Use a Ready-Made LTE Cat M1 Modem to Simplify Low-Power Wide Area IoT Connectivity

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Developers of wide area IoT applications such as mobile health monitoring, remote sensing, and smart cities have a connectivity problem: Bluetooth, zigbee, and Wi-Fi lack the range required, while traditional cellular radios are too costly, power hungry, and complex.

To address this, another connectivity option has emerged, LTE Cat M1 cellular. Along with it have come easy-to-use, certified solutions that greatly reduce the complexity and cost of cellular connectivity, while accelerating time to market for wide area, low-power, low-cost, long-range IoT designs.

One such solution is NimbeLink’s NL-SW-LTE-SVZM20 Skywire LTE Cat-M1 modem. This article will describe the NL-SW-LTE_SVZM20 and how to start designing it in and programming it.

LTE Cat M1 basics

LTE Category M1 was created as a less expensive alternative to more conventional LTE services such as Cat 4, which was designed to support throughput at 100 Mbits/s. For ultra-low-power, low-cost IoT sensing applications with low duty cycles and data-rate needs in the 10s or 100s of Kbits/s, this is clearly overkill. In Release 13 of the LTE standard, 3GPP (3rd Generation Partnership Project) defined a class of LTE technologies including LTE Cat M1, with data rates below 300 Kbits/s.

This lower data rate, and its resulting reduction in complexity, better matches IoT design requirements, while still allowing designers to take advantage of cellular’s ubiquity and relatively interference-free licensed band operation. It’s now possible for a long-range IoT device to operate on a single battery for years without replacement or recharge.

In addition, LTE Cat M1 offers sufficiently high performance that IoT devices can transmit data bursts quickly and return rapidly to low-power states. Also, LTE Cat M1 has latencies in the 10 ms range, allowing its use in IoT applications with time critical requirements.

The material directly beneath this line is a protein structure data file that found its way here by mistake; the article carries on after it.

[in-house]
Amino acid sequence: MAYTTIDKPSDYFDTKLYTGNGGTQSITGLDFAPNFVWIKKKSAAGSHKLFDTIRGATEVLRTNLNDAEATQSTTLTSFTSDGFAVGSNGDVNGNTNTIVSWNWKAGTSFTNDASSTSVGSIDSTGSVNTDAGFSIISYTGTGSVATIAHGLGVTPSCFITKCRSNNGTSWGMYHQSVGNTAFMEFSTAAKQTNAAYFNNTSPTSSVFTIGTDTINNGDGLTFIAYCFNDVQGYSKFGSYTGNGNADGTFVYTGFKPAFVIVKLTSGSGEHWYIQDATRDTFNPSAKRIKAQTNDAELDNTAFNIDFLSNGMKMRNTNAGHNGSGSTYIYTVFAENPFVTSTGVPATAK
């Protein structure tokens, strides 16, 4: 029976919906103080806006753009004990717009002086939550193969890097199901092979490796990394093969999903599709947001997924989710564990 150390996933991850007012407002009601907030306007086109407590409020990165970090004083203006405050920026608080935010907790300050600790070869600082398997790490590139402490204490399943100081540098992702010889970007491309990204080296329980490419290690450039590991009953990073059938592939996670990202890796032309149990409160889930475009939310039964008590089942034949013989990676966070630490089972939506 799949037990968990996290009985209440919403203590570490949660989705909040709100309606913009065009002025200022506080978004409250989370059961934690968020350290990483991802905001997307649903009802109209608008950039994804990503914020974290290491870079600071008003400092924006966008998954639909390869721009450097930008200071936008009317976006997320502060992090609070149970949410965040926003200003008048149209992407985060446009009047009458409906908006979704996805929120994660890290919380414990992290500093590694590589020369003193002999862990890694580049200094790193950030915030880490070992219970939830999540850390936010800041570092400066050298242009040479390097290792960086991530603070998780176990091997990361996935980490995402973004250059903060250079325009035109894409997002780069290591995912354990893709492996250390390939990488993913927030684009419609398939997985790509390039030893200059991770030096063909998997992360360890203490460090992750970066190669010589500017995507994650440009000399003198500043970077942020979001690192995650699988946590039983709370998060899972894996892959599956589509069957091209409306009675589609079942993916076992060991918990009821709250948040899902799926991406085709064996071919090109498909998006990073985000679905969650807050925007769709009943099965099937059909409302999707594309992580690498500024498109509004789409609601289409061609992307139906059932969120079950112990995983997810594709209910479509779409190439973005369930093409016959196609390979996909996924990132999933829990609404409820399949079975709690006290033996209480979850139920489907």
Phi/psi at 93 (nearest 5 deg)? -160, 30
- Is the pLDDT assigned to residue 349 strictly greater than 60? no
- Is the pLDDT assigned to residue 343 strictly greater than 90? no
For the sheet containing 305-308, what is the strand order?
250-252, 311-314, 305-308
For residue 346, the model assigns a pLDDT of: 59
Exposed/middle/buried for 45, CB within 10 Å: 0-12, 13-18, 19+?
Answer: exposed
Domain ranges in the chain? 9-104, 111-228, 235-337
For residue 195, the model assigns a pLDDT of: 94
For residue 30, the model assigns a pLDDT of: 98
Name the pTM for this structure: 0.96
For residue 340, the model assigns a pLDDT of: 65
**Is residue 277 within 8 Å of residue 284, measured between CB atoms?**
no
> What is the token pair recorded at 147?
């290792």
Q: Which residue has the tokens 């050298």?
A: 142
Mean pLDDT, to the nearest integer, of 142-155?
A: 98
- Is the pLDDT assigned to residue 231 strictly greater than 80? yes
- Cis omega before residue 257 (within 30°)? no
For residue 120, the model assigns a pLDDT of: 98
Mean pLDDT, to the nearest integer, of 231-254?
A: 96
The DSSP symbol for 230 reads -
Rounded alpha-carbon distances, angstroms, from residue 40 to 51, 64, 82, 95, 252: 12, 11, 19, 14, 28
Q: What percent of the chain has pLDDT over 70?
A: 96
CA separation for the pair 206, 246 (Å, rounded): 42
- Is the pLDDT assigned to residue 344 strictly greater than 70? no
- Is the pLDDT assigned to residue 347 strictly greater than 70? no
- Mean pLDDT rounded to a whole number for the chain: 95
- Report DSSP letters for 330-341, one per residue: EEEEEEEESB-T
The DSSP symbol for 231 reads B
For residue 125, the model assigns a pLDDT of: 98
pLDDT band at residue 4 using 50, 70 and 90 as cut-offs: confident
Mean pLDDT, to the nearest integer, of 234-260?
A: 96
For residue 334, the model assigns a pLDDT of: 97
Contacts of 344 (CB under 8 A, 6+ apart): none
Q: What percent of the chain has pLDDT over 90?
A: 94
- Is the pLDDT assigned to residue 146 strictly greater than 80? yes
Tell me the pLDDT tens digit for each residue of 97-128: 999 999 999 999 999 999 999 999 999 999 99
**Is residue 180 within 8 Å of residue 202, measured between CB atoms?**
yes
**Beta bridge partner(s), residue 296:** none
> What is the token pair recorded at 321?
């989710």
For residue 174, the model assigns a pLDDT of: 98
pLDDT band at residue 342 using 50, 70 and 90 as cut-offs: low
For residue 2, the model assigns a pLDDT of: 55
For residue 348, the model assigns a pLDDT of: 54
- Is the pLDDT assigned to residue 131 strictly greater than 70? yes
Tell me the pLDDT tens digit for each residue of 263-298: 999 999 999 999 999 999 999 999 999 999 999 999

Finally, LTE Cat M1 supports voice over LTE (VoLTE) connectivity needed to support an expected growth in demand for voice-based interfaces in IoT applications such as health and fitness, retail, transportation, building services, and many more.

Meeting LTE design and certification challenges

While it has clear advantages, LTE connectivity does have multiple challenges. At the design level, LTE chip sets are still relatively complex devices with stringent requirements for optimizing transmitter and receiver signal paths.

Manufacturers address these concerns by offering LTE modules that combine chip sets with optimized RF circuit designs, typically leaving system interface requirements such as signal-voltage translation and buffering to the system designer. LTE modem providers meet these requirements with boards that surround the module with the final elements needed to speed integration in a system design such as an MCU-based IoT device.

The hierarchical nature of cellular solutions also addresses a final requirement that can halt production of even a well-designed cellular-based system. Developers need to conform to governmental and carrier requirements through certification testing that can add months and significant cost to an otherwise completed design. Products lacking proper certification are simply not allowed onto the carrier network.

At higher levels of the cellular solution hierarchy, use of uncertified components compounds these costs. For example, a module manufacturer using chip sets that lack carrier certification faces significantly higher costs and delays as certification labs fill in the gaps in testing. A further complication arises because certification earned just from a governmental body or just from the carrier does not ensure certification from another. In the US, for example, carriers often levy additional testing requirements beyond those specified by the Federal Communications Commission (FCC).